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The Journal Gazette

Wednesday, May 08, 2019 3:57 pm

Verbatim: Notre Dame gift aids pharmacogenomics program at Manchester

The following was received on Wed., May 8, 2019:

The University of Notre Dame has donated a Sequenom MassARRAY Analyzer 4 System to Manchester University for its master’s degree program in pharmacogenomics (PGx). 

This donation enables Manchester graduate students to gain experience with this advanced analytical platform. The system combines mass spectrometry, sensitive and robust chemistry, and advanced data analysis software to meet the assay design, validation and performance needs of genomic laboratories. 

It is valued at $240,000. 

“Adding this instrumentation to our laboratory capabilities will also expand research efforts in PGx, where we continue to examine the relationship between an individual’s DNA and their response to medications,” said Dave Kisor, professor and director of pharmacogenomics education at Manchester.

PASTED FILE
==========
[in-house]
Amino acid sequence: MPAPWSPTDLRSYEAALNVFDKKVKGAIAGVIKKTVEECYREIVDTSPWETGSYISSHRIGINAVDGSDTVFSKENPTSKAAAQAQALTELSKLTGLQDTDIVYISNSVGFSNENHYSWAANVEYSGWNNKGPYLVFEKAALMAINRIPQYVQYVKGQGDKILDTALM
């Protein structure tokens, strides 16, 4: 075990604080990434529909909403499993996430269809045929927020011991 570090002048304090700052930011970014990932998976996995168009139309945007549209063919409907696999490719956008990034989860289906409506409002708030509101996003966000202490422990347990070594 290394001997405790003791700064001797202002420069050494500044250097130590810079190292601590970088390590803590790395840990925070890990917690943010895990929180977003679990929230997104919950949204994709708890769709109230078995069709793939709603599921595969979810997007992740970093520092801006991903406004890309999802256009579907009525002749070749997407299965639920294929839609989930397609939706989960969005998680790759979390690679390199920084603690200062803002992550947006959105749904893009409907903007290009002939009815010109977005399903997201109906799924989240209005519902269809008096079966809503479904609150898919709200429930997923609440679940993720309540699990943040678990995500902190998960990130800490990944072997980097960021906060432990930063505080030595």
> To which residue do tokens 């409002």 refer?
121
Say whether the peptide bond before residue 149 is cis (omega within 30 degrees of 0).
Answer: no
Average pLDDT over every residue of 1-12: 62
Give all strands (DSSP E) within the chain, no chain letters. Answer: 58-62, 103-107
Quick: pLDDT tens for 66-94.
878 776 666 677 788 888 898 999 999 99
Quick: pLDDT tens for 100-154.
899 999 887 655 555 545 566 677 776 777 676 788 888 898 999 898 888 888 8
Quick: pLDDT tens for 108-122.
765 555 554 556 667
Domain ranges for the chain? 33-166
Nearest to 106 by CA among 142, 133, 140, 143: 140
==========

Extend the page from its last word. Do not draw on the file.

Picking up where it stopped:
The instrument will broaden Manchester’s teaching and research capabilities. 

“The analyzer allows us to further look at DNA in the context of epigenetics, and how genes are turned on or turned off,” said Carrie Hoefer, assistant professor of pharmaceutical sciences and pharmacogenomics. Epigenetics is the study of changes in organisms caused by modification of gene expression rather than alteration of the genetic code itself. 

Manchester continues to be a national leader in pharmacogenomics education. It started the nation’s first dedicated master’s degree in PGx in 2016 at its Fort Wayne campus. The program expanded to include an online format in 2018. Later that year, it introduced a dual-degree program in which pharmacy students can choose to simultaneously earn a master’s degree in pharmacogenomics along with their Pharm.D. It was the nation’s first such program. 

The Manchester PGx laboratory in Fort Wayne is utilized by on-campus, dual degree and online students for intensive laboratory experiences. 

“The ability to expand education in the laboratory setting is critical as our graduates move to positions in the PGx industry, research laboratories and health care settings, where the field is expanding,” Kisor said. “This generous gift from Notre Dame speaks to a keen recognition that they could contribute to the education of students beyond their institution, and Manchester is very appreciative of this contribution.” 

Notre Dame acquired the analyzer from Agena Bioscience.